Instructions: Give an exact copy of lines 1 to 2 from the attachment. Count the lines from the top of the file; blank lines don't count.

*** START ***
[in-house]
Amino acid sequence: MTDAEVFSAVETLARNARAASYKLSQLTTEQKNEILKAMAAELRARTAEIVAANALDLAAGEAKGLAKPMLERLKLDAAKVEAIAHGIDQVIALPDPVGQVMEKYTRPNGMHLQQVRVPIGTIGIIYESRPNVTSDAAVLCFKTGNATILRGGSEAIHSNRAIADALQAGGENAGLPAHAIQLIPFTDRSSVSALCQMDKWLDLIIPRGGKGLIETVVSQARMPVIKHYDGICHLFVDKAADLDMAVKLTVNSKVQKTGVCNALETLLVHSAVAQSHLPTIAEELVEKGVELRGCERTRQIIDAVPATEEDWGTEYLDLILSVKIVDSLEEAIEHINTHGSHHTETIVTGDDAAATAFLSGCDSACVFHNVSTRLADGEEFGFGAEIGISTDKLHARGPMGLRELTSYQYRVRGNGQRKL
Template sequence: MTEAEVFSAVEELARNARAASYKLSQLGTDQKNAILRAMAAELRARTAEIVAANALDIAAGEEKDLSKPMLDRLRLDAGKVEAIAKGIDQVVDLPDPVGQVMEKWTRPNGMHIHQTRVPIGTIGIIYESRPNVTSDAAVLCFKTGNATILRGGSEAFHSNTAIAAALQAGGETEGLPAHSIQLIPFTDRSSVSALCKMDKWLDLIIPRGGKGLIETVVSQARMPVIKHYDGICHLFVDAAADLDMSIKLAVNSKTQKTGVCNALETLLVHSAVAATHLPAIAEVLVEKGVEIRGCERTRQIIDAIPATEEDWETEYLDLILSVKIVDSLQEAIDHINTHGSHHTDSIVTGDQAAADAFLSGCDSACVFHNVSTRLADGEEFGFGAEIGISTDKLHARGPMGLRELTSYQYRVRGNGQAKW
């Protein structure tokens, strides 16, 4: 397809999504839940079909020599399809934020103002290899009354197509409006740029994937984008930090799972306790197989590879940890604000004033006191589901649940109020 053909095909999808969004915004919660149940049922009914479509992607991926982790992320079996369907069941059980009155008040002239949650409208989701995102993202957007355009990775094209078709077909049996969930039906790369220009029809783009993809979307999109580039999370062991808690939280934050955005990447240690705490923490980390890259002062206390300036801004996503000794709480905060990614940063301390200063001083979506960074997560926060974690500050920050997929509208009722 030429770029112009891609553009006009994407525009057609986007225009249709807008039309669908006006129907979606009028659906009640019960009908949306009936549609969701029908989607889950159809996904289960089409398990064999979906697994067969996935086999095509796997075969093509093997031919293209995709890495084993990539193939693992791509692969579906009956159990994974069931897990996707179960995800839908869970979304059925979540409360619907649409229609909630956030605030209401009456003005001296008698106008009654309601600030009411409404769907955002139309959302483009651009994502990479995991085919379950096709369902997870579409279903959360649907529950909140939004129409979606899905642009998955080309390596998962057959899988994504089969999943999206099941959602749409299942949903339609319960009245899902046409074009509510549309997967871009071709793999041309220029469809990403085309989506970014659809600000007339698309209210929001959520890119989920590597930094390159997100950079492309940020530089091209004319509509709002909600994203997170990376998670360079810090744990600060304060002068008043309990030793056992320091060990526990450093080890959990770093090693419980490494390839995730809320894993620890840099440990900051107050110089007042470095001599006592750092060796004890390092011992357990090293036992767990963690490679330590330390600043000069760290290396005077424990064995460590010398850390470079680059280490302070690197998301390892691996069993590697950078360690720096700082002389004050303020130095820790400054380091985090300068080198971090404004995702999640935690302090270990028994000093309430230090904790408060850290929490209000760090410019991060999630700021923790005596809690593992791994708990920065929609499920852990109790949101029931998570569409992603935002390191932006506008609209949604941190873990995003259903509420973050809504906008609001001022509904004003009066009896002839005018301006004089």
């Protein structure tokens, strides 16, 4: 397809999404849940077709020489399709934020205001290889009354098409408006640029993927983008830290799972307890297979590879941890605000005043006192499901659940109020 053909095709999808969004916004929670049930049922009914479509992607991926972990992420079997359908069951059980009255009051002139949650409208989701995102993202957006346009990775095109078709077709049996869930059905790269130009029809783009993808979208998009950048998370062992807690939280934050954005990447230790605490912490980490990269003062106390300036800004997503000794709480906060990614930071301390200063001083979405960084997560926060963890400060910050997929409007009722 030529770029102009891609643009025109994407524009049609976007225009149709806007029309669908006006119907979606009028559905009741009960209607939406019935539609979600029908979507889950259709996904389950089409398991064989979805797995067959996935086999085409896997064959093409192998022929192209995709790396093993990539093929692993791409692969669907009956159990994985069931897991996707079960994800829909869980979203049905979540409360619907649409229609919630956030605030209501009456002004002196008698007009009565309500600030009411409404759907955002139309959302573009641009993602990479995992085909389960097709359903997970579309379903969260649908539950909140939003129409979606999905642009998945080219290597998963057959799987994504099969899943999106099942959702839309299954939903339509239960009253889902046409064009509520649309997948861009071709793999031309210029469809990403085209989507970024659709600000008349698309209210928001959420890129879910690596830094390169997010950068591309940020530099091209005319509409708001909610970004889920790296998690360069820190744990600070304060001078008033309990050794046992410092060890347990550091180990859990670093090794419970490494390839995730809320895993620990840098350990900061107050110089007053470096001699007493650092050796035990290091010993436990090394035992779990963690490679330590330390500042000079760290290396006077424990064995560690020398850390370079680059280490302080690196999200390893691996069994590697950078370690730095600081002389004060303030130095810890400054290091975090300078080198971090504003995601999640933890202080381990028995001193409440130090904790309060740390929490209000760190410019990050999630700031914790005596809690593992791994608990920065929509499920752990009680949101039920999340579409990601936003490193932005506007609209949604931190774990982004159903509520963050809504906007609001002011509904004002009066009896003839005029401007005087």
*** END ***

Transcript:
[in-house]
Amino acid sequence: MTDAEVFSAVETLARNARAASYKLSQLTTEQKNEILKAMAAELRARTAEIVAANALDLAAGEAKGLAKPMLERLKLDAAKVEAIAHGIDQVIALPDPVGQVMEKYTRPNGMHLQQVRVPIGTIGIIYESRPNVTSDAAVLCFKTGNATILRGGSEAIHSNRAIADALQAGGENAGLPAHAIQLIPFTDRSSVSALCQMDKWLDLIIPRGGKGLIETVVSQARMPVIKHYDGICHLFVDKAADLDMAVKLTVNSKVQKTGVCNALETLLVHSAVAQSHLPTIAEELVEKGVELRGCERTRQIIDAVPATEEDWGTEYLDLILSVKIVDSLEEAIEHINTHGSHHTETIVTGDDAAATAFLSGCDSACVFHNVSTRLADGEEFGFGAEIGISTDKLHARGPMGLRELTSYQYRVRGNGQRKL